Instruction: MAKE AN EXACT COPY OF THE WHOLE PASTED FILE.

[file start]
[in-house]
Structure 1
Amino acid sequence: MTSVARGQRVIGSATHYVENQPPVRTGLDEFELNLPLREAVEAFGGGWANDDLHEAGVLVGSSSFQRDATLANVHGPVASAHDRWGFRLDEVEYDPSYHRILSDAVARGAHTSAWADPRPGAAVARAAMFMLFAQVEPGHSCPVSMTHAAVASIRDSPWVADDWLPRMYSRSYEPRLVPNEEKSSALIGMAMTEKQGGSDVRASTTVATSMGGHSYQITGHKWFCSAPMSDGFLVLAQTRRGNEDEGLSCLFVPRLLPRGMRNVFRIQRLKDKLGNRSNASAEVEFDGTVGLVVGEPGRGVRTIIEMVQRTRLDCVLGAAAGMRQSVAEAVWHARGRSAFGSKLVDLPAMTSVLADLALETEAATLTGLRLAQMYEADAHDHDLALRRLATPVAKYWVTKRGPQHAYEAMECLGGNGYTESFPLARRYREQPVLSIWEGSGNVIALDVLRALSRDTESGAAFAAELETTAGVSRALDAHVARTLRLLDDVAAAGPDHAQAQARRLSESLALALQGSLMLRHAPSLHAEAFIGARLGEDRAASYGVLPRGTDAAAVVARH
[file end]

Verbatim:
[in-house]
Structure 1
Amino acid sequence: MTSVARGQRVIGSATHYVENQPPVRTGLDEFELNLPLREAVEAFGGGWANDDLHEAGVLVGSSSFQRDATLANVHGPVASAHDRWGFRLDEVEYDPSYHRILSDAVARGAHTSAWADPRPGAAVARAAMFMLFAQVEPGHSCPVSMTHAAVASIRDSPWVADDWLPRMYSRSYEPRLVPNEEKSSALIGMAMTEKQGGSDVRASTTVATSMGGHSYQITGHKWFCSAPMSDGFLVLAQTRRGNEDEGLSCLFVPRLLPRGMRNVFRIQRLKDKLGNRSNASAEVEFDGTVGLVVGEPGRGVRTIIEMVQRTRLDCVLGAAAGMRQSVAEAVWHARGRSAFGSKLVDLPAMTSVLADLALETEAATLTGLRLAQMYEADAHDHDLALRRLATPVAKYWVTKRGPQHAYEAMECLGGNGYTESFPLARRYREQPVLSIWEGSGNVIALDVLRALSRDTESGAAFAAELETTAGVSRALDAHVARTLRLLDDVAAAGPDHAQAQARRLSESLALALQGSLMLRHAPSLHAEAFIGARLGEDRAASYGVLPRGTDAAAVVARH